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Friday, November 28, 2014
Exercising their scientific muscle
Woodmere Middle School holds eighth-grade science fair
Jeffrey Bessen/Herald
Speaking and singing were used by Erin Schecter, left, and Mycheal Schnell to learn the best way people learn to retain information.

Nearly 170 booths lined the Woodmere Middle School gym floor on Jan. 11 for the eighth grade science fair. The projects ranged from investigating how does temperature affect fruit ripening to how handwriting shows personality.

At booth 103, Zach Bromfeld and Kyle Hoberman had a suspension bridge made out of wood and fishing wire. Their project compared how a 2-, 3- and 4-foot bridge would hold weight. Their hypothesis was the shorter span would hold the most weight without breaking and they were right.

“We learned about construction,” Bromfeld said. “We learned about famous bridges and the different materials that are used,” Hoberman said.

Jessica Keeler wanted to know if color affects decision making. Using her peers — eighth grade girls — as the focus group she found her premise that color doesn’t affect thinking was wrong. “I learned about the frontal lob and cerebral cortex of the brain,” she said.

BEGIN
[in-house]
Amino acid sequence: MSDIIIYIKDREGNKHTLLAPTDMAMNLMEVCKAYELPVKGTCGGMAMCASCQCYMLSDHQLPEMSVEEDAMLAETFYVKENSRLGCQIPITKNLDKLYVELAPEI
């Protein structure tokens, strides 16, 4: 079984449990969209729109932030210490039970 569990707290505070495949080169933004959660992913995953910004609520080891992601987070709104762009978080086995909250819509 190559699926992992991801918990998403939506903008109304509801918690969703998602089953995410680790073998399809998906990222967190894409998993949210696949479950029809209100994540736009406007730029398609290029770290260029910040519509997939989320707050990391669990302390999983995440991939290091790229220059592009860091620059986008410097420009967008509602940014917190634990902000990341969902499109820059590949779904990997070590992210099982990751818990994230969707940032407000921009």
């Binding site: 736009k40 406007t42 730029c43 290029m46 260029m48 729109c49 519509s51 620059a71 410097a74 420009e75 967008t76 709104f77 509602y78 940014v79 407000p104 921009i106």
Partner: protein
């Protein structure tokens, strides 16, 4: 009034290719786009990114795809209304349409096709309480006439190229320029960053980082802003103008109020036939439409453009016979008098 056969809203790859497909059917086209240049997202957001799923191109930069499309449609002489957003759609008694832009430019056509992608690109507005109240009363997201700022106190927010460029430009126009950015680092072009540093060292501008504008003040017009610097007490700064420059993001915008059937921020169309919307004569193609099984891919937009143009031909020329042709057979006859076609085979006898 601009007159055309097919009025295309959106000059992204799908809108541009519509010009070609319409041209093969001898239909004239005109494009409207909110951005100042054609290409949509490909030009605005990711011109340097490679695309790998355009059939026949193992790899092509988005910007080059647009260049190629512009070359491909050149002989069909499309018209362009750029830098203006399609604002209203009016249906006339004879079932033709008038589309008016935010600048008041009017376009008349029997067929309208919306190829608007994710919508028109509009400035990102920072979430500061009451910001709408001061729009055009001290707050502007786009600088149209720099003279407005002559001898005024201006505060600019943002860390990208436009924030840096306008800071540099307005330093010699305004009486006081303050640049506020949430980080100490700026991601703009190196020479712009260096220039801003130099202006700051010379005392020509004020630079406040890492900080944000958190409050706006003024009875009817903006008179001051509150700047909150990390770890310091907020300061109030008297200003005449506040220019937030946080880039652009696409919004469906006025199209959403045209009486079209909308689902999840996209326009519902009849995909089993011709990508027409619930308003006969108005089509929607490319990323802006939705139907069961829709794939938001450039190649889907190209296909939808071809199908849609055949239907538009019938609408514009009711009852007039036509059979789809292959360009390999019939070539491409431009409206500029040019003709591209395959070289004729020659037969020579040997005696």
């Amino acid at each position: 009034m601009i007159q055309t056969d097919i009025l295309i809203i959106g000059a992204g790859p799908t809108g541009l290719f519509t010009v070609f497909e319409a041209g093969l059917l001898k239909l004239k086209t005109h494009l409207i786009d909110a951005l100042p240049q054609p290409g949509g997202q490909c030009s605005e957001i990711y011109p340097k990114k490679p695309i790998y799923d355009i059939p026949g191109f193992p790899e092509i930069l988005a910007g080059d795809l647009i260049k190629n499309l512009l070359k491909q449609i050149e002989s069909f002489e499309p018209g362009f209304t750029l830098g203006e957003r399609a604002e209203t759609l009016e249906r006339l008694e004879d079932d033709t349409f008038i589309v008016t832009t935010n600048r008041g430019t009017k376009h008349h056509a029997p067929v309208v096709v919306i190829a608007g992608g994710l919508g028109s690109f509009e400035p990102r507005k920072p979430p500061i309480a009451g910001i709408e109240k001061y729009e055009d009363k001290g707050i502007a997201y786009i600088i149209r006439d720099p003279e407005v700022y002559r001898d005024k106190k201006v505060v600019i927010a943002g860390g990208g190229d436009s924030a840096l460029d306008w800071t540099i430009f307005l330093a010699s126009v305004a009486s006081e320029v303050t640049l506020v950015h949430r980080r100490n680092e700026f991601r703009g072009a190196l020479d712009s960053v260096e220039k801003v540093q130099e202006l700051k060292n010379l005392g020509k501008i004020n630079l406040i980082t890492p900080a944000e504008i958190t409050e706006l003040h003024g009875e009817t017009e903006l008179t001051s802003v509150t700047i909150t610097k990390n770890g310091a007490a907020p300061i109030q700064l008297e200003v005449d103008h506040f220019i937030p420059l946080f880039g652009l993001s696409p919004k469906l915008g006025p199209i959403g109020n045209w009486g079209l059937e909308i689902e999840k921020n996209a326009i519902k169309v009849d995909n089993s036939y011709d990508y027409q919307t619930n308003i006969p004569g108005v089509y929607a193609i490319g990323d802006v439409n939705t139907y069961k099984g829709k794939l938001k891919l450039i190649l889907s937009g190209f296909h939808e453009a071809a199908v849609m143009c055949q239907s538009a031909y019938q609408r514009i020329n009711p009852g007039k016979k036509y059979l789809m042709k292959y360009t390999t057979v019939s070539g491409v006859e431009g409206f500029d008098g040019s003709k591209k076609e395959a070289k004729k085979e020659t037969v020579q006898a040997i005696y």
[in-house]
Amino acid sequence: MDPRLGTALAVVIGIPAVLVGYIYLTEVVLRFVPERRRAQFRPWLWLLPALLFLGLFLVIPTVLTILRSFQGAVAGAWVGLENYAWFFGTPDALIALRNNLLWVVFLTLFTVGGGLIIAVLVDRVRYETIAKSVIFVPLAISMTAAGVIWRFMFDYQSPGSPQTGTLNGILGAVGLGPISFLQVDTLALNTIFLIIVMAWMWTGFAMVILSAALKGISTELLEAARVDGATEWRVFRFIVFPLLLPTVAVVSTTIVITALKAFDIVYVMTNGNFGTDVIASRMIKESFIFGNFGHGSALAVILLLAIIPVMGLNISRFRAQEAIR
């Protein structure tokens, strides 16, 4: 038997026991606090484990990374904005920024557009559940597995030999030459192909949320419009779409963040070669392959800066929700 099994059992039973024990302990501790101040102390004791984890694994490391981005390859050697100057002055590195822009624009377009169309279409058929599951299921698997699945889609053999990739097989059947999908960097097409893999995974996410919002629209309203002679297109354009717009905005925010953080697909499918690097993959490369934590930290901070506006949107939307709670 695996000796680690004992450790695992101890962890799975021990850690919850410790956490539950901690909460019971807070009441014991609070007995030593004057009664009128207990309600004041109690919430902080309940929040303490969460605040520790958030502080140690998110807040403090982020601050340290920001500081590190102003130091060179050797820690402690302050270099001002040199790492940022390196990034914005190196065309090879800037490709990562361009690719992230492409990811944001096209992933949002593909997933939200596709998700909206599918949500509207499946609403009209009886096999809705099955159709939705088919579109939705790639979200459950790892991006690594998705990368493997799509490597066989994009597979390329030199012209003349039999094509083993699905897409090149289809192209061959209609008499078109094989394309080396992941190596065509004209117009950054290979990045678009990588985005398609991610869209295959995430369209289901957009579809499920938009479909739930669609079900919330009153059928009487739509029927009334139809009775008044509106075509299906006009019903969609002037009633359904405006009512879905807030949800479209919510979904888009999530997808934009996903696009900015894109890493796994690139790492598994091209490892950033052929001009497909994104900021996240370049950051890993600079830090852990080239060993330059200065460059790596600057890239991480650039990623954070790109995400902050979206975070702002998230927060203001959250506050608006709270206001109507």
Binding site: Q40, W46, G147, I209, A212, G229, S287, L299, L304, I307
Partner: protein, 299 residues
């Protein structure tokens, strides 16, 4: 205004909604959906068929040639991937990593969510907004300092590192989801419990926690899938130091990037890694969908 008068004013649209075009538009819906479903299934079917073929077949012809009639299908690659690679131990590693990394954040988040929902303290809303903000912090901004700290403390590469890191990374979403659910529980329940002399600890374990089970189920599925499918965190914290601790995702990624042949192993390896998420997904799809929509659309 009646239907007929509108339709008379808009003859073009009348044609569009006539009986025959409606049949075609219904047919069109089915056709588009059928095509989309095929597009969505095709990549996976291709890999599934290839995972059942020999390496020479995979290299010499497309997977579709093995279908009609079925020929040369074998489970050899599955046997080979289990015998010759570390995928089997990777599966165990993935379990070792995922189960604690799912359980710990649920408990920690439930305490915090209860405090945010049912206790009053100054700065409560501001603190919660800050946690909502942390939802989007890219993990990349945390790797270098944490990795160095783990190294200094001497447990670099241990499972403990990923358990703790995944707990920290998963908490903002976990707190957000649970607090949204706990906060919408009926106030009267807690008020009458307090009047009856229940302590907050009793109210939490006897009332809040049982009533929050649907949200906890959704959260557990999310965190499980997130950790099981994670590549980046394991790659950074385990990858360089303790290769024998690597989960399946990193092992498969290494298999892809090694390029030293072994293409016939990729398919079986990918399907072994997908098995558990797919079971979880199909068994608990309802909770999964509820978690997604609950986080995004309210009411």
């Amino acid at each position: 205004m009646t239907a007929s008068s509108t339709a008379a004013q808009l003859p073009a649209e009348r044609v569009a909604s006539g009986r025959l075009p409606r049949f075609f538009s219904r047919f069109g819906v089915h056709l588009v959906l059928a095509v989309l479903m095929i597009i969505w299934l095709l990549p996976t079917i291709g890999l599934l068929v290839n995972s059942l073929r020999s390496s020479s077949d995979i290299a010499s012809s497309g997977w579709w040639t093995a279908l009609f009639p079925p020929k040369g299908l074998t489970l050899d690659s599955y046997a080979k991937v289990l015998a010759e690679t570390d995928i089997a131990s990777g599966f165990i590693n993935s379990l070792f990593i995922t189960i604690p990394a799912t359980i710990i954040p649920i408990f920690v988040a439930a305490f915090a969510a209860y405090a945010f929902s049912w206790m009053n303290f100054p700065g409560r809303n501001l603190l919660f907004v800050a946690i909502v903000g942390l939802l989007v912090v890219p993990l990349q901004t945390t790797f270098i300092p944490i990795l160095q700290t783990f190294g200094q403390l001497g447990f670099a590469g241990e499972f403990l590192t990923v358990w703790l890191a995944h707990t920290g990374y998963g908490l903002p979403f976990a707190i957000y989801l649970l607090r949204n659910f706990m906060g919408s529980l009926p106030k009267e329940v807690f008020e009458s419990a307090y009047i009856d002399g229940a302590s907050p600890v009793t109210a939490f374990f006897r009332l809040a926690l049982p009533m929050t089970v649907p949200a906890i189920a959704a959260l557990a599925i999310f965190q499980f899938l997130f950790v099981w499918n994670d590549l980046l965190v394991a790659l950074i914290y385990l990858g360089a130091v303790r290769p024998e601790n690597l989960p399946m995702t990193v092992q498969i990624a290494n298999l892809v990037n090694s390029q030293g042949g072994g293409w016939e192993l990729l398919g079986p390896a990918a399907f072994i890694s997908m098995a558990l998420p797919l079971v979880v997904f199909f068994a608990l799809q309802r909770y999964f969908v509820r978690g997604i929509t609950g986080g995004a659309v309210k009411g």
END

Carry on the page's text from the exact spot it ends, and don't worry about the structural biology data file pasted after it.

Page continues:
Comparing hamsters in light and dark was the subject of Sapir Riskovich and Kristyn Casali’s project. They had four hamsters and created a maze. They found that hamsters being nocturnal animals adapted and ran faster in the dark than light.

“We found that hamsters, like people, use other senses,” Casali said. “The hamsters can compensate for what they don’t have, Riskovich said.

Spurred by a science class discussion on boats, Alec Krueger examined boat hull efficiency. Not a boater, but interested, Krueger compared four different designs and found that it depends on hull design and use. “I learned about aerodynamics from the different kinds of boat designs,” he said.

Speaking then singing the preamble of the Constitution to the same students showed Erin Schechter and Mychael Schnell that using a song to remember retain information could be the way to go. There was a 11 percent difference in memory for those hearing the preamble sung compared to it being spoken.

“They did better with the singing and remembered more information,” Schecter said. “I learned that the brain is split into two halves, the left side and the right side, I thought it was whole,” Schnell said.

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